This little story, which Rothfuss dismisses in both the introduction and the afterword, as something that most people won't like, as something that doesn't do what a story should do, this little story hit me harder than either of the main books in the series. Auri is luminous and complex and broken; she knows that she's broken, but she keeps on keeping on, putting her secret world to rights day by day, and fighting her own eccentricities to do what she feels she needs to do. She is not normal. She has bad mental days. She talks to and attributes personalities to the items that she collects. We never see her interact with another person. And she is wonderful, and her story is wonderful. I'd really like Pat Rothfuss to write more stories like this - or even just more stories that aren't in Kvothe's point of view, because honestly, I don't like Kvothe very much. I love Auri. Highly recommend this story. If you're the right kind of person, this story will make you feel like coming home, a little. ( )
  VLarkinAnderson | Sep 24, 2018 |
Showing 1-5 of 95 (next | show all)
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Author nameRoleType of authorWork?Status
Patrick Rothfussprimary authorall editionscalculated
Taylor, NateIllustratorsecondary authorall editionsconfirmed
Theodor, AlissaDesignersecondary authorsome editionsconfirmed
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For Vi, without whom there might be no story. And Tunnel Bob, without whom there would be no Auri.
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When Auri woke, she knew that she had seven days.
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Amazon.com Product Description (ISBN 0756410436, Hardcover)

A companion novella to Patrick Rothfuss’ bestselling Kingkiller Chronicle novels, The Slow Regard of Silent Things shares an enchanting new perspective on the Four Corners realm.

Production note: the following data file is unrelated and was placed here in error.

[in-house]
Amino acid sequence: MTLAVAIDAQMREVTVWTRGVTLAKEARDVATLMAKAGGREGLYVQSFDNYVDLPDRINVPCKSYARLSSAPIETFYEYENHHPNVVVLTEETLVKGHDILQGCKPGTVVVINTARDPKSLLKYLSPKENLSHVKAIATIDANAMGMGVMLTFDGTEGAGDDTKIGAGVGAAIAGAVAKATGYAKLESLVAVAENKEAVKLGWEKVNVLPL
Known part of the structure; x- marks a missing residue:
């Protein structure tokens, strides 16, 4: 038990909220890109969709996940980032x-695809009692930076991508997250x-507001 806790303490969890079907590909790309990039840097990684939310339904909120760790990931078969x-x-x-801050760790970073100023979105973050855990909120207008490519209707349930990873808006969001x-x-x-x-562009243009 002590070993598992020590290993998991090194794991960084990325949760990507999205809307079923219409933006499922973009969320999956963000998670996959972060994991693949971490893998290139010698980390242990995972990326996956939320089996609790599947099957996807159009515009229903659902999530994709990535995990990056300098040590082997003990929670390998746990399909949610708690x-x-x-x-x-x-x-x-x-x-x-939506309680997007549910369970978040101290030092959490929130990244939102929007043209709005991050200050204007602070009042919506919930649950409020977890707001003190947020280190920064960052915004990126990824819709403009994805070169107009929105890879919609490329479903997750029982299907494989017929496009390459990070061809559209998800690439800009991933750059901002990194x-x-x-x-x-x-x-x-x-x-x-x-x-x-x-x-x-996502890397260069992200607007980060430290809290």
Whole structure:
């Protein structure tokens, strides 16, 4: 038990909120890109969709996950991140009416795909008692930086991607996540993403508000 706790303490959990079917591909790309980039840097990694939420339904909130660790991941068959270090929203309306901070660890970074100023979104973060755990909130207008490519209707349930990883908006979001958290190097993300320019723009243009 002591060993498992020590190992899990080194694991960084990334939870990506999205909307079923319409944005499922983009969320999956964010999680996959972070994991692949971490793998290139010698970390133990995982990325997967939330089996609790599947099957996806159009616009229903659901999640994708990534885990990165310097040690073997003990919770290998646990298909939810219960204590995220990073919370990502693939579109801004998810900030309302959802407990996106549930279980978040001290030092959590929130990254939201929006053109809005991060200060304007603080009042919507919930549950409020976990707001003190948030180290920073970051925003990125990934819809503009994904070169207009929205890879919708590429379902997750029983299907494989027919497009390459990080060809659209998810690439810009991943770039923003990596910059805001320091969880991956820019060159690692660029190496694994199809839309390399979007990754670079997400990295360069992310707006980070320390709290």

Renowned as a bastion of knowledge, the University draws the brightest minds to unravel the mysteries of enlightened sciences, such as artificing and alchemy. Yet deep below its bustling halls lies a complex web of abandoned rooms and ancient passageways. In the heart of this cavernous maze is a young woman named Auri, who calls this Underthing her home.
 
Formerly a student at the University, Auri now spends her days tending to the world around her. She knows that some mysteries are better settled and safe. No longer fooled by the sharp rationality so trusted by those above her, Auri sees beyond the surface of things, into subtle dangers and hidden names.
 
At once joyous and haunting, The Slow Regard of Silent Things is a richly atmospheric and lyrical tale, featuring one of the most beloved characters from Rothfuss’ acclaimed fantasy series.

(retrieved from Amazon Thu, 12 Mar 2015 18:22:43 -0400)

Deep below the University, there is a dark place. Few people know of it: a broken web of ancient passageways and abandoned rooms. A young woman lives there, tucked among the sprawling tunnels of the Underthing, snug in the heart of this forgotten place. Her name is Auri, and she is full of mysteries.… (more)

» see all 4 descriptions